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By Rix Dishington
With the crowd at court two at capacity and queues of around thirty outside every door, the support the British pair gathered was incredible. Indeed, supporters couldn’t even leave the ground to go to the toilet for fear of losing their seat- a feat of true dedication for anyone who watched the entire of the 2 hours and 32 minutes of play. The cacophony after every point the Murrays scored was deafening, with as much shouting for Jamie as for Andy, and, on one memorable occasion, for ‘Jandy’- a nickname that I doubt will catch on.
The crowd was jovial to the point that one member shouted out before Andy served for match point ‘Come on Andy, we all need the toilet’ and, when the Murrays drew level in the final set, a Mexican wave circled the stadium twice.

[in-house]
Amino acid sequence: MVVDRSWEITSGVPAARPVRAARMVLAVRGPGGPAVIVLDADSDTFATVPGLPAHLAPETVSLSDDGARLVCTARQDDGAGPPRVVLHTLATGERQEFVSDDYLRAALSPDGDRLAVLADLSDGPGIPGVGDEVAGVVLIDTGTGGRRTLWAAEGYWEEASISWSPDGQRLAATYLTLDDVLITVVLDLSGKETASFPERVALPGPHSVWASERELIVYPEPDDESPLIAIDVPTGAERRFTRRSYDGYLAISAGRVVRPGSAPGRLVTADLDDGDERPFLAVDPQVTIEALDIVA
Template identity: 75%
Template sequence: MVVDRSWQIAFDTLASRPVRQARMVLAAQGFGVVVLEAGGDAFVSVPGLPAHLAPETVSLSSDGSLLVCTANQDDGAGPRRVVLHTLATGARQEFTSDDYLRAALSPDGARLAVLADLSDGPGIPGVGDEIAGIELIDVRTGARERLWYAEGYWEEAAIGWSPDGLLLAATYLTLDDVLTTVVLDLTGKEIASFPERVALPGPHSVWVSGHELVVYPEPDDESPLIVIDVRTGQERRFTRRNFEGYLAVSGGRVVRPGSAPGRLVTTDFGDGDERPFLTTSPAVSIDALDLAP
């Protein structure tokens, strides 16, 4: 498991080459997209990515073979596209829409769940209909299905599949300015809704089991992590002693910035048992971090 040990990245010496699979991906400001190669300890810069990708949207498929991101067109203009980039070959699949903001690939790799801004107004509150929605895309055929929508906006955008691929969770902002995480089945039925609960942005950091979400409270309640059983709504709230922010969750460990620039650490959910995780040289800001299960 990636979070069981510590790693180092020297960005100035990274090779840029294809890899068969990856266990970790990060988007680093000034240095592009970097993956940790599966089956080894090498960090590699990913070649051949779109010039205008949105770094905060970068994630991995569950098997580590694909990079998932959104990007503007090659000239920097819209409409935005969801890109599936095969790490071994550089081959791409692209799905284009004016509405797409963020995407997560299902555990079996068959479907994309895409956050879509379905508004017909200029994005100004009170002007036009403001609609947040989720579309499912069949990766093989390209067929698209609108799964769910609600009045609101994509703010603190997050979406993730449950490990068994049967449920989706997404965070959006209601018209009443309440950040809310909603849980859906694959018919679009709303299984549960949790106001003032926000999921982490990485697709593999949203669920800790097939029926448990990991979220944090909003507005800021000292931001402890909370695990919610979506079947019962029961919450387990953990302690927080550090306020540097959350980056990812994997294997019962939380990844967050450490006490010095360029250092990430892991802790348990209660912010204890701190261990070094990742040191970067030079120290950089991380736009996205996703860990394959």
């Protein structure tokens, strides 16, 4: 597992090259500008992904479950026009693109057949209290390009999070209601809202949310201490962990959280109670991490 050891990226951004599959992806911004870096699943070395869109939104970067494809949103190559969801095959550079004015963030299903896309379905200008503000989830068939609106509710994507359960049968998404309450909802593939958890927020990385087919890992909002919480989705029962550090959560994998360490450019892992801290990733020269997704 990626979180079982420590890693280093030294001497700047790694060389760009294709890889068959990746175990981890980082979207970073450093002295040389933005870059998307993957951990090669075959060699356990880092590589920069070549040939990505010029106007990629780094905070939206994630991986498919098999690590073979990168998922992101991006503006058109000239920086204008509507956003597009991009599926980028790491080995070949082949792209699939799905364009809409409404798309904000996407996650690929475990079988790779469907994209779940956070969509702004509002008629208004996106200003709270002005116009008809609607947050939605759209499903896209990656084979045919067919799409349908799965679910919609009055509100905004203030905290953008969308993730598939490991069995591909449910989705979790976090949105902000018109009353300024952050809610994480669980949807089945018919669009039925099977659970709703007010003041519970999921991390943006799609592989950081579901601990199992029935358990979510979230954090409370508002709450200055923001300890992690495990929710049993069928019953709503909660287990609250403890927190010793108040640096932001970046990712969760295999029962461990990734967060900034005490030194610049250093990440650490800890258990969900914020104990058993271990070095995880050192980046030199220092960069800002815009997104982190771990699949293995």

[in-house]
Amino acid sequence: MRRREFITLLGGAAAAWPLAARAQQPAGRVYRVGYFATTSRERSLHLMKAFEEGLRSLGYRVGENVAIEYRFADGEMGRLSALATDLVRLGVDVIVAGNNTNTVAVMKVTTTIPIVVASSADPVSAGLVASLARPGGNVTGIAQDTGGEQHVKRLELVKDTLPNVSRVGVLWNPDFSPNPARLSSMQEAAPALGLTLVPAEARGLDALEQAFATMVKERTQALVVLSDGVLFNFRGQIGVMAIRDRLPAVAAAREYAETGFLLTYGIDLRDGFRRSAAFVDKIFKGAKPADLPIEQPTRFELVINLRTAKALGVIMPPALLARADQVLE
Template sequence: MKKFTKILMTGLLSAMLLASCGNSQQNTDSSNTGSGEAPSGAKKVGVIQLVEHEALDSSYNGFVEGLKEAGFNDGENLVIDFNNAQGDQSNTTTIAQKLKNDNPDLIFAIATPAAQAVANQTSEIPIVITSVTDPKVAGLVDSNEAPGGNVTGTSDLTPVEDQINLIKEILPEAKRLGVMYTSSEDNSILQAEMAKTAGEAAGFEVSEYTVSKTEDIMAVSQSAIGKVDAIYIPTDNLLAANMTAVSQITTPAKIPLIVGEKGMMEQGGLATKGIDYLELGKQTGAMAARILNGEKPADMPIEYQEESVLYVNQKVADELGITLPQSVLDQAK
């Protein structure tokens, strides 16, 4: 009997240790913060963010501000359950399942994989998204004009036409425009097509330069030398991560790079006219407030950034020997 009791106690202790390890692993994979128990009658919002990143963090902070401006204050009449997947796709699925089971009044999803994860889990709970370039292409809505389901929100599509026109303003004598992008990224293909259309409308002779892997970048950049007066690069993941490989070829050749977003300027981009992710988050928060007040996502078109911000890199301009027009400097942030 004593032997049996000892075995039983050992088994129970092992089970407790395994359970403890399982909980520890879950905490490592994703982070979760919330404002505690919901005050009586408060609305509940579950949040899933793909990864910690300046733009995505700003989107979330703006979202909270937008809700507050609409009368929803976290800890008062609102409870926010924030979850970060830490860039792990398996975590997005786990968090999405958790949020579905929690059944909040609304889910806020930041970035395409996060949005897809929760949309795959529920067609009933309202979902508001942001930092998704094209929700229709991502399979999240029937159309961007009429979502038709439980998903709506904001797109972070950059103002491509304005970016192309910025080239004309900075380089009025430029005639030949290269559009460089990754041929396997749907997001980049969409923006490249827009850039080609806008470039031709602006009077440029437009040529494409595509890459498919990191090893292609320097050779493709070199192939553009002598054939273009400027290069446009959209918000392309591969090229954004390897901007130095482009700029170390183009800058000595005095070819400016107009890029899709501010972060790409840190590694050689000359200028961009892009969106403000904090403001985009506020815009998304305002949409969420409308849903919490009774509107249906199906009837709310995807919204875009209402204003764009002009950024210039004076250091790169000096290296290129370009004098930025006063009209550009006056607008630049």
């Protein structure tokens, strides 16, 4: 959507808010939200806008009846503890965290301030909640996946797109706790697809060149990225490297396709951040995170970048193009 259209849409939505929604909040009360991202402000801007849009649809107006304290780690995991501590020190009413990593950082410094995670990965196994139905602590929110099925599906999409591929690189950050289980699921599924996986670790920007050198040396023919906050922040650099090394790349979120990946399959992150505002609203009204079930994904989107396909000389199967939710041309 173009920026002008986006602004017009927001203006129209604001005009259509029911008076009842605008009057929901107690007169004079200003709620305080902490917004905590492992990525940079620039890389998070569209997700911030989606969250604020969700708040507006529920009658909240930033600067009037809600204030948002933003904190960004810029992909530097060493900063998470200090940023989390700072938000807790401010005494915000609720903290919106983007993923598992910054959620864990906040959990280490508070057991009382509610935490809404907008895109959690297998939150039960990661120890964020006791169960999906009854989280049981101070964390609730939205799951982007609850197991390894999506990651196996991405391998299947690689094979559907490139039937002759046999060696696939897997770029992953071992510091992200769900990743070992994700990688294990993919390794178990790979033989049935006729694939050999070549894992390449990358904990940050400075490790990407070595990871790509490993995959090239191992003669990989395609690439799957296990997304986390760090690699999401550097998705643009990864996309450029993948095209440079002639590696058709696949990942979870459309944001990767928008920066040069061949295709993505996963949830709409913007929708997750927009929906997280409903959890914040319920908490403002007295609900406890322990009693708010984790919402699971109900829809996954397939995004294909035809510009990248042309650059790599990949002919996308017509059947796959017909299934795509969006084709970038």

Despite the apparently lacklustre tennis on display, which to be honest, as a tennis novice, I didn’t particularly notice, it was an amazing experience to be part of the home crowd cheering on Team GB at an Olympic event. Flags were flying, everyone was buzzing and there was a great sense of community that I’ve rarely felt on my various sojourns to watch professional sport (admittedly never tennis).
Even with the crowd so strongly behind them, the Murrays ultimately lost to Austria’s Jurgen Melzer and Alexander Peya 5-7 7-6 (8-6) 7-5 but the experience of having seen a British team play in the Olympics on home soil and the excited reaction of the crowd made a much stronger impression on me than the tennis, which is, admittedly, a sport that I know little about.